Once you go hack, you never go back

The hack du jour is Mark Lawton.

Who’s that? you ask, as well you might. Lawton is 70 years old, hasn’t been on a ballot since 1982, and since 2010 he’s been grabbing the state kiss in the mail – currently $90,780.36 a year.

But that’s not enough, apparently, so now he’s running for mayor of Brockton, which would pay him another $148,165 a year.

Only one problem: he hasn’t lived in Brockton in maybe 25 years. The former state rep and judge has been a resident of Bridgewater for, well, “several years,” as he put it yesterday.

Actually, Lawton moved himself and his family out of the City of Champions about a quarter-century ago.

Here’s the short story: Lawton was tight with the Brockton mayor, Bill Carpenter. But Carpenter suddenly died last month, at age 62. So Lawton decided that, what the heck, the job needs the man and the man needs a job. He went apartment-hunting.

“I’m renting an apartment at 526 Forest Avenue, $750 a month.”

A year’s lease? I asked.

“No, month to month.”

How convenient. So if he’s eliminated in the preliminary election Sept. 17, Lawton can flee back to the bosky dells of Bridgewater. I asked him when he signed the lease.

“On the day of Billy’s funeral.”

Now, many ambitious political families in Massachusetts have long dreamed of becoming the next Kennedy clan – among them, the Markeys, the Timilitys, the Iannellas, the Tobins, even the Joyces in Milton, before that unpleasantness of the 100-plus-count indictment and all that followed.

These hack families are known as K-Mart Kennedys. In Brockton, the premier K-Mart Kennedys are the Creedons, of whom there are too many to list (not to mention, provide salaries and pensions for).

The Lawtons don’t quite rise to the level of K-Mart Kennedys. They’re more like K-Mart Creedons. Mark’s daddy was a state rep and judge before him. In the legislature, Lawton was best known as the driver for then-Rep. (and future senator and judge) Mike Creedon 40 years ago.

See, the state had just banned drinking while driving, and Creedon liked to sip a beer or two on the way home, so Lawton got the assignment of driving him. It paid off – Lawton was one of lame-duck Gov. Ed King’s final judicial appointments after his primary defeat in 1982.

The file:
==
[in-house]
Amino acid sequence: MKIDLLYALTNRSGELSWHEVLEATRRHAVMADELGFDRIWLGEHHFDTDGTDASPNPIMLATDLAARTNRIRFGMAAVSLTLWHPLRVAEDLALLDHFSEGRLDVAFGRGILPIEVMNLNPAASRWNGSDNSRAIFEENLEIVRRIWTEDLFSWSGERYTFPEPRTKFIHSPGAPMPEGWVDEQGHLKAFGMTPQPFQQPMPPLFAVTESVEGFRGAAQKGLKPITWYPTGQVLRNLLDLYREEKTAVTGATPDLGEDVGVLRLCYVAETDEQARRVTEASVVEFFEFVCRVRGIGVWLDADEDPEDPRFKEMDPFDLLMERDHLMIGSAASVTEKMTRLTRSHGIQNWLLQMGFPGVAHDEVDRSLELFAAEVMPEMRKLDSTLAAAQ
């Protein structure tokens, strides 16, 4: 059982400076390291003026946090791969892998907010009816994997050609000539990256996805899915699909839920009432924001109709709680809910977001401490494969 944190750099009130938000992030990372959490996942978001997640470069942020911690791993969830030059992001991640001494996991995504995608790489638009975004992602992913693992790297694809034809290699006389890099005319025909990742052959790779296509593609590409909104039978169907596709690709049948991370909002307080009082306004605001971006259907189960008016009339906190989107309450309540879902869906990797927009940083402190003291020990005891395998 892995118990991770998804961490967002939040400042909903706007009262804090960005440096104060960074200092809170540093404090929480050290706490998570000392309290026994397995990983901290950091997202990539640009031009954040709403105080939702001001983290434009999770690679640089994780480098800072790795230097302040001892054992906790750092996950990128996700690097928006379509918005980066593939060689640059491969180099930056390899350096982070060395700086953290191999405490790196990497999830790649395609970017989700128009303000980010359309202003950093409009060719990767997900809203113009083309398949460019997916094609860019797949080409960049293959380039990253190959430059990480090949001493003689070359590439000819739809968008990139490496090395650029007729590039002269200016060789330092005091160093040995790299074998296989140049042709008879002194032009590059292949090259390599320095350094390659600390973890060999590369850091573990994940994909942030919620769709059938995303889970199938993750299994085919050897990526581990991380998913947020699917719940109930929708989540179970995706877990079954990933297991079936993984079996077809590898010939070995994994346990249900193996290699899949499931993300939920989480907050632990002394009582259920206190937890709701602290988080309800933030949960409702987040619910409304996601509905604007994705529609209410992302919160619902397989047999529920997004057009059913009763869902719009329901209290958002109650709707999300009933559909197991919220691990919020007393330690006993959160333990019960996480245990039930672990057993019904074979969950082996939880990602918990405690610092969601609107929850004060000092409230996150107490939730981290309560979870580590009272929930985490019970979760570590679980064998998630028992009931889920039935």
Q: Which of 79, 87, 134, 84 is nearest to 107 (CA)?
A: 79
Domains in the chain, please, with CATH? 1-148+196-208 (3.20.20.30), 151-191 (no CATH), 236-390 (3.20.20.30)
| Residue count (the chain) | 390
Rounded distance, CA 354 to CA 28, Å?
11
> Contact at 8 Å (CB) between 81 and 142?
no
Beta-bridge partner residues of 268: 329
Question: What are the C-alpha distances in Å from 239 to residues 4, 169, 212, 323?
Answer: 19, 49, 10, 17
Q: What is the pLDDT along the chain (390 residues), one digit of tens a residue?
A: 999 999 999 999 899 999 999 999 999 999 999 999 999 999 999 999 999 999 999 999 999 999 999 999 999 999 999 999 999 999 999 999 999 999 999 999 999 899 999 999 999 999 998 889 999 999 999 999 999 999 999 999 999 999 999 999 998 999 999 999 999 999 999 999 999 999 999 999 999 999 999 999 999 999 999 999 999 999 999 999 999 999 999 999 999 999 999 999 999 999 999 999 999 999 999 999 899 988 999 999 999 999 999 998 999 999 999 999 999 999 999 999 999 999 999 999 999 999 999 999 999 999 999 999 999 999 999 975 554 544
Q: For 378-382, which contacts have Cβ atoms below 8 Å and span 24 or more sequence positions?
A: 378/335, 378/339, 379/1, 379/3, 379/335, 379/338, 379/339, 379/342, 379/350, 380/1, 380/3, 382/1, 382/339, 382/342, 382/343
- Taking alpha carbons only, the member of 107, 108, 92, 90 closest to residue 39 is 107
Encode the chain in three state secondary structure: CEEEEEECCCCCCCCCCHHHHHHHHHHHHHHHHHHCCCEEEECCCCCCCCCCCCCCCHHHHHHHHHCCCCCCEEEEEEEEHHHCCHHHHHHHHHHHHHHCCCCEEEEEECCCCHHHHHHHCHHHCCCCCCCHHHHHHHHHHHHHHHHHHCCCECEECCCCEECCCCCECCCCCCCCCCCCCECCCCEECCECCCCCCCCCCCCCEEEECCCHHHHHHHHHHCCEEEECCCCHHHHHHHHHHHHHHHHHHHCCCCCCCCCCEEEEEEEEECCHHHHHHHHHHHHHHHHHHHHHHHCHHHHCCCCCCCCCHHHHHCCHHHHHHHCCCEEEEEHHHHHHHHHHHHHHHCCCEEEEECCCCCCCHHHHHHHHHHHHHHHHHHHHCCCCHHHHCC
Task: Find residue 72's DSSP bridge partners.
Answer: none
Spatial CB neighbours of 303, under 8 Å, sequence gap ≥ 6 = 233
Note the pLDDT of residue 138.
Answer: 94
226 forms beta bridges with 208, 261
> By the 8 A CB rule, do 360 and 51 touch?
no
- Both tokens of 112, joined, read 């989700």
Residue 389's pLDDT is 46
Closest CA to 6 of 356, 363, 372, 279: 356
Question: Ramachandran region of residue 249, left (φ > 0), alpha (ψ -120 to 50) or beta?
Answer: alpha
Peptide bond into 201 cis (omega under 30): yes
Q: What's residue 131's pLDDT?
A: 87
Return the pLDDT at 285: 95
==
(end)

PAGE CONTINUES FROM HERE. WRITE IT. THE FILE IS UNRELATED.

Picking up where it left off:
Lawton was assigned to the Boston Juvenile Court, where he worked with the clerk, Whitey Bulger’s younger brother, a future felon named Jackie Bulger.

“I called him John,” Lawton was saying the other day.

Mark Lawton retired from the bench shortly after the probation department scandal erupted in 2010. You see, his son, a third-generation hack named Pat, had gotten a job as a p.o. after the traditional nationwide search.

Pat Lawton had gone to law school, but after flunking the bar exam three times, it was clear he needed a change of scenery, not to mention a good detox program. He was a junkie, as he later admitted at the trial of his former Probation bosses.

Lawton called various State House hacks on behalf of his son to, as he testified, “tilt the scale.”
An interview for Pat was arranged in front of a judge and a probation hack, both of whom owed their jobs to either Mark Lawton or his hack father James Lawton.

One of the hiring hacks later testified about young Lawton’s job interview: “I noticed he was shaking and perspiring heavily… trembling.”

You’re hired, Pat!

Shortly after reinserting his snout in the public trough, young Lawton was arrested in the driveway of an alleged heroin dealer in Taunton. He was asked at the probation trial in federal court what drugs he had been on.

“Marijuana, alcohol, heroin.”

His father, the would-be mayor, told the court he thought his son had everything “under control.”

Luckily for Pat, after yet a third nationwide search, he was then hired by the City of Brockton as a “sanitary inspector” for $66,854.56 a year, a job he retains despite a mysterious midday traffic accident in a parking lot a few years back.

Mark Lawton says he’s not running for mayor to keep his son on the city payroll. When I asked him if he’d considered giving up his state pension if he wins the mayoralty, he said, “I suppose I could. I hadn’t thought about it until you asked.”

Once you go hack, you never go back.

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